After all that, Ziggy had to miss our first meeting with the light tech. He had to do some movie-related press junket in New York, and he called Carynne and told her instead of calling me. Which I suppose was okay. She was in charge of arrangements, after all, and I was fine with that. She called to ask if we should reschedule.
“Well, the thing is,” I said, “we’re supposed to start rehearsals, too. When’s he back?”
“Not until Monday. Want to push it off?”
“No. Let’s meet Thursday anyway, and just start without him. He’s not the one who needs to get his fingers in shape anyway.”
Not that I felt me, Bart, and Chris needed to be “in shape” exactly. But you’re sharper when you’ve been playing together, and my impression is it takes instrumentalists longer to get tight than vocalists.
So on a Thursday night we took over a community theater in the suburbs where Kev had connections. It’d be ours for a couple of weeks. They could use the rent money and we needed somewhere with a bigger stage than our basement.
I was surprised when we walked in to find the place had no chairs, just a wide open floor, with folding chairs stacked off to one side. It reminded me uncomfortably of my elementary school for some reason, but the moment passed. The stage was fairly low as these things go; I was able to jump right up. The boards were black and scuffed, with rectangular glue marks left by pieces of tape.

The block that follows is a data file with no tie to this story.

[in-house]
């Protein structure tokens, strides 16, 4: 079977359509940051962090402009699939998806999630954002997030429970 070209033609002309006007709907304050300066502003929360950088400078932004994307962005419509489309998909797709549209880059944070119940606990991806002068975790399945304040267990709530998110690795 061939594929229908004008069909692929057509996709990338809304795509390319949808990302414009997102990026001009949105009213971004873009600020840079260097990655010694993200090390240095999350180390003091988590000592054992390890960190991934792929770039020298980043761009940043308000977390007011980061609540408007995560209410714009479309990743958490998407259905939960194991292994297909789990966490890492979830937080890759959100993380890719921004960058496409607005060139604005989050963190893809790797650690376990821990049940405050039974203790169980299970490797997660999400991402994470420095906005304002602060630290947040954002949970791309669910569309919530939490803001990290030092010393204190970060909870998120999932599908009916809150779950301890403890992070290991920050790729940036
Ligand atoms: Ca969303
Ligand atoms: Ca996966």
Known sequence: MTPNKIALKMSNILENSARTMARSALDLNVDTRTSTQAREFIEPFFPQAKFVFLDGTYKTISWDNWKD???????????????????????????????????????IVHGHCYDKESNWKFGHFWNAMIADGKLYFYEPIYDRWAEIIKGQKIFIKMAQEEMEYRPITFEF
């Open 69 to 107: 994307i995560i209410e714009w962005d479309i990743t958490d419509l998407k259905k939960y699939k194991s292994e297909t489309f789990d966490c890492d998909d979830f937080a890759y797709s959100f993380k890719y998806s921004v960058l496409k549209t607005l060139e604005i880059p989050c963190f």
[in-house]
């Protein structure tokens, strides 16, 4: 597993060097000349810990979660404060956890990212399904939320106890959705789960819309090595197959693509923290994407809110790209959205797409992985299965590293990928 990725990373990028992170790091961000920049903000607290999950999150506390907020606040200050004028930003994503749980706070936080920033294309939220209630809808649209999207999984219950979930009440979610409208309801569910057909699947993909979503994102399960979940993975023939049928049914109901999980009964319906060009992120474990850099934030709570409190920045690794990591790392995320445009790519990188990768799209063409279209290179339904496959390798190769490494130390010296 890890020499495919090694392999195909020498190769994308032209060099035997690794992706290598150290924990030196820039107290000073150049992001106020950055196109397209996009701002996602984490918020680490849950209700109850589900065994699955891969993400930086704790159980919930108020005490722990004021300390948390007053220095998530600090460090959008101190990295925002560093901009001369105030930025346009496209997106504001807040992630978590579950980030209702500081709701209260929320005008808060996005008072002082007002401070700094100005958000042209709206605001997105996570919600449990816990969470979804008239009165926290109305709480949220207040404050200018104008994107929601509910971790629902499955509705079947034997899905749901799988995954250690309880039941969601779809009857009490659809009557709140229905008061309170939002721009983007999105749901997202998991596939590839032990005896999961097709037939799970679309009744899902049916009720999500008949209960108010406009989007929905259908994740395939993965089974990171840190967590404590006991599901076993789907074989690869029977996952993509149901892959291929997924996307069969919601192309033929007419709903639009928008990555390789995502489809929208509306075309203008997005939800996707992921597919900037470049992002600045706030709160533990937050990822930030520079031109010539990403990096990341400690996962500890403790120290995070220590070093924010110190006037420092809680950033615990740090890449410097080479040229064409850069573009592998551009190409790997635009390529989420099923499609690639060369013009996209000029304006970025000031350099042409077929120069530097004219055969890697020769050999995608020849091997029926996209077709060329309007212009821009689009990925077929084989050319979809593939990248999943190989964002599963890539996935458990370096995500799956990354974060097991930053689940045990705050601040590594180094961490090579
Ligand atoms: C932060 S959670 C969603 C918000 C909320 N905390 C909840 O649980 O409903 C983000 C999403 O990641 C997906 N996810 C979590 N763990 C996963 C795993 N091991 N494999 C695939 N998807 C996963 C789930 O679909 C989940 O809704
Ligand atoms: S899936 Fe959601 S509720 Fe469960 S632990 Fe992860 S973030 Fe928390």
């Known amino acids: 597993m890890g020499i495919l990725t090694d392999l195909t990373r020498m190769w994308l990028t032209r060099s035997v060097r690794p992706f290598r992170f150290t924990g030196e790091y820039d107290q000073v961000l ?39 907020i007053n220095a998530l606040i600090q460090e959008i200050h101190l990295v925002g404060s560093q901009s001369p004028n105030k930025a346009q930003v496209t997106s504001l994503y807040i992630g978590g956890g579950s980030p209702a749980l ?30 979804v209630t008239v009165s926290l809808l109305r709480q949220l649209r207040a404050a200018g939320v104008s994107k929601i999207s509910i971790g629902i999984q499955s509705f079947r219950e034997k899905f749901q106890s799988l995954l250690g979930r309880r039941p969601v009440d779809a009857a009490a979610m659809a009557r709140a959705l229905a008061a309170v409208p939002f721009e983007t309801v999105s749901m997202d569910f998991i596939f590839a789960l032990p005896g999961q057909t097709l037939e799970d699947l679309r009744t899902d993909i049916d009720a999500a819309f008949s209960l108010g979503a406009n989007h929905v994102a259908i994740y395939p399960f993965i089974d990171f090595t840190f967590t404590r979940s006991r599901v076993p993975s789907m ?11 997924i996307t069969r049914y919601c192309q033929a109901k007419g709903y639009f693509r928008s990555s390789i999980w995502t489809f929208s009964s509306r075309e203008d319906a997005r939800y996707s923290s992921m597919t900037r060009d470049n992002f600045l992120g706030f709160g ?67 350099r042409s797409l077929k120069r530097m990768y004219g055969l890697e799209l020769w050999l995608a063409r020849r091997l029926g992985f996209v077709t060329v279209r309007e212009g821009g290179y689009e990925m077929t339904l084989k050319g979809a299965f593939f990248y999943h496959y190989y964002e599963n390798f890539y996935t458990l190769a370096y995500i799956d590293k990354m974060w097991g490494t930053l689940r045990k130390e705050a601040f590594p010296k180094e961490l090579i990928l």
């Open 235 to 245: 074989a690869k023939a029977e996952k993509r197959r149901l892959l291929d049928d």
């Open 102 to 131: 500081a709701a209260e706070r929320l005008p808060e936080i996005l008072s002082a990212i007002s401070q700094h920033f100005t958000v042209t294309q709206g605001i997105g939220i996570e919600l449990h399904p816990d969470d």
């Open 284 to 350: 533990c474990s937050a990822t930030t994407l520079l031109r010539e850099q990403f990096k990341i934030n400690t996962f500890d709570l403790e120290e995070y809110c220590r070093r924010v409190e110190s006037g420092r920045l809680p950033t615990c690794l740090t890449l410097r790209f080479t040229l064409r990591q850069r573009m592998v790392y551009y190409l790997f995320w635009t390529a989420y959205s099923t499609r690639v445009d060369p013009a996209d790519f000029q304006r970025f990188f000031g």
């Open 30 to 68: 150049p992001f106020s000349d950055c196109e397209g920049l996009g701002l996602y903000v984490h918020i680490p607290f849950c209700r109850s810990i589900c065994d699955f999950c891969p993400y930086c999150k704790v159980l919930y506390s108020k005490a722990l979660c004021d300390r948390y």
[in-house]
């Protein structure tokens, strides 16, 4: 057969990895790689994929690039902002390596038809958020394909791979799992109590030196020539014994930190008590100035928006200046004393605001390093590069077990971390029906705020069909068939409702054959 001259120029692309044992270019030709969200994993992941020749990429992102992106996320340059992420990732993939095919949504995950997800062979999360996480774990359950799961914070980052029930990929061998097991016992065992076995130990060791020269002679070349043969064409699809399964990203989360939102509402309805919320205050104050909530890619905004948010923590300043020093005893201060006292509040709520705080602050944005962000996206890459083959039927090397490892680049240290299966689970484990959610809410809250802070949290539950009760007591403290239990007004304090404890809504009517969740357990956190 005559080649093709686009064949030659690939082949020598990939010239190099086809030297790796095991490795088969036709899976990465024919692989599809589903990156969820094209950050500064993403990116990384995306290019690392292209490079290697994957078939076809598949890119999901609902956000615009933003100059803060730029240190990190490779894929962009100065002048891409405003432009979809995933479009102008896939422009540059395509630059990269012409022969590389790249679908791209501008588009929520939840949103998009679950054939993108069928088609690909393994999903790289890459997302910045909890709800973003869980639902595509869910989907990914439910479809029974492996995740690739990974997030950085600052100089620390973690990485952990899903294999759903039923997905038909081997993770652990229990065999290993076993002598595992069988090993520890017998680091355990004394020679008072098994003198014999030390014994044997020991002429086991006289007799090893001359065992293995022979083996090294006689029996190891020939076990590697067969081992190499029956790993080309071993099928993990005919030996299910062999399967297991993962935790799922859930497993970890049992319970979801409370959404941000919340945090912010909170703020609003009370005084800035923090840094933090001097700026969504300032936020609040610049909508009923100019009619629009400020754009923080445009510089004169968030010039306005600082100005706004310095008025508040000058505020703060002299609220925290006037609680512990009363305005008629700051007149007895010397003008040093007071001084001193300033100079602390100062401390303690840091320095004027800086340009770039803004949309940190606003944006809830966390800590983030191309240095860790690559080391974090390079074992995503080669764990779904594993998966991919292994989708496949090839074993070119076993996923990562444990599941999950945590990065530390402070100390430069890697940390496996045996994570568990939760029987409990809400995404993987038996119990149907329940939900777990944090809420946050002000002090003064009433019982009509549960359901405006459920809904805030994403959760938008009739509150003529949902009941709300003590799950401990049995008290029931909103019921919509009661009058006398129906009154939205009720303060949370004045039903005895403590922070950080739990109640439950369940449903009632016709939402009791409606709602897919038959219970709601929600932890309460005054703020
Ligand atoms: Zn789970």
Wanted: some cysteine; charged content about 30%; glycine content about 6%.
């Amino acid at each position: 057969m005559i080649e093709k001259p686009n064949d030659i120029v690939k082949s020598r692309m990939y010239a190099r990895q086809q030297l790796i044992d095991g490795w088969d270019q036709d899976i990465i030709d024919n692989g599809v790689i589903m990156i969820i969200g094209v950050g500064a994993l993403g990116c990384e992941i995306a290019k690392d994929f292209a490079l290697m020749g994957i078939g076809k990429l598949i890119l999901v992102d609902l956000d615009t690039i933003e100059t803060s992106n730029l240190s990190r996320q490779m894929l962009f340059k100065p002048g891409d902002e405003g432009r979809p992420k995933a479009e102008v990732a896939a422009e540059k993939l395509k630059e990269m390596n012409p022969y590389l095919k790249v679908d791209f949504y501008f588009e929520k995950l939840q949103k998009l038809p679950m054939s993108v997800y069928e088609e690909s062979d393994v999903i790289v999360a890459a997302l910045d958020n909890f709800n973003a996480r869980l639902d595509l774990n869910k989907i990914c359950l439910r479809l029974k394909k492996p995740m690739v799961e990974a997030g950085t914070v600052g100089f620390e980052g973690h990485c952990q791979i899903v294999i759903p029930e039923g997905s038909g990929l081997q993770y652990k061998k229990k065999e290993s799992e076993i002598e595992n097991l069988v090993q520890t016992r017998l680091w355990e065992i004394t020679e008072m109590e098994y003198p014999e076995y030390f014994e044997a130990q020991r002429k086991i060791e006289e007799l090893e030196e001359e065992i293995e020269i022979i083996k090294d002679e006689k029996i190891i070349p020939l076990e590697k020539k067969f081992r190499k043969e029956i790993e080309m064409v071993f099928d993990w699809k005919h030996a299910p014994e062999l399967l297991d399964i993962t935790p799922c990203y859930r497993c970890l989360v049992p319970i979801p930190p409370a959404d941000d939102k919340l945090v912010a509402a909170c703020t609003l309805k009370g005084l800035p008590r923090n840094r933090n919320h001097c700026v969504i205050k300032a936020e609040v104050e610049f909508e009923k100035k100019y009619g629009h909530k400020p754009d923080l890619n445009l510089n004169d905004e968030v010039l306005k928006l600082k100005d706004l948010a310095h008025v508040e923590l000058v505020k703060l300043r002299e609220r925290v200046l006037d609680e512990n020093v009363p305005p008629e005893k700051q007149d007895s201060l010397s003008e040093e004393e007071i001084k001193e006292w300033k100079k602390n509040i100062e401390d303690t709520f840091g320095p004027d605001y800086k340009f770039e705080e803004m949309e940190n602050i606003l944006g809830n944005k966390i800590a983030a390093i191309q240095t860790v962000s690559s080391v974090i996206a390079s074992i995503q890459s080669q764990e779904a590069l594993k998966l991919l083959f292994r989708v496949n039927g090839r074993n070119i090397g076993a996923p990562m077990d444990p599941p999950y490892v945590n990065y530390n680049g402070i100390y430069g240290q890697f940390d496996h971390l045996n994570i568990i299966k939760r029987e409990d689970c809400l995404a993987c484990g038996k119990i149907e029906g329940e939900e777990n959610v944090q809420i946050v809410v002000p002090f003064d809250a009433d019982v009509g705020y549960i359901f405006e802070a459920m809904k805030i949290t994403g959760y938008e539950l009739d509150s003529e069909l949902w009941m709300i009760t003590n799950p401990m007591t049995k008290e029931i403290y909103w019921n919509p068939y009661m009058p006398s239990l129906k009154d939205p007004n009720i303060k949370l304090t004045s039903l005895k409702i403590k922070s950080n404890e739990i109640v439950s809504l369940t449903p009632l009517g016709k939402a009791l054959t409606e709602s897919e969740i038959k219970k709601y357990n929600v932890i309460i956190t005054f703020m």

The door at the back of the place opened and a nondescript guy with brown hair and a wool “jock” jacket came in. When he got closer I could see the name of a lighting company embroidered on the chest of the jacket. He had glasses on, regular ones, not sunglasses.
I also recognized him, finally. This was Louis, the light tech, and when we shook hands I realized when I did it, I did it Remo-style, shaking with one hand and patting the guy on the shoulder with the other. “Good to see you again.” “Yeah, you too.”
Like a lot of the people Remo has worked with over and over, he seemed like a straightforward no-nonsense type. He shook hands with Chris and Bart, too, and Carynne hung back, watching us talk. We pulled out a few folding chairs and sat down to talk. Since Zig wasn’t there, I sketched him out what a likely set list was going to be–that is, at least a few groups of songs that were likely to go together.
“Yeah, a lot of it will really depend on what your front man does,” Louis said.
We went up on the stage and told him a little about where we typically stood, and about how we were making the transition to larger stages, larger venues. He made a couple of points about MIDI controllers, effects, and then said, “I’ll come back in like a week?”
“He’s supposed to be back by Monday, I think,” I said.
“Monday’s good. I’ll hang around town.”
“Okay, you’re sure? Do you need a place to stay?” I asked.
“Nah. My ex-wife lives in Newton and so I’ll spend the weekend visiting my kids.”
I must have looked skeptical because he laughed. “No, really, it’s cool. She’s awesome now that we’re not married.”
And so he left with Carynne and me and Bart and Chris spent the rest of the evening working up a sweat.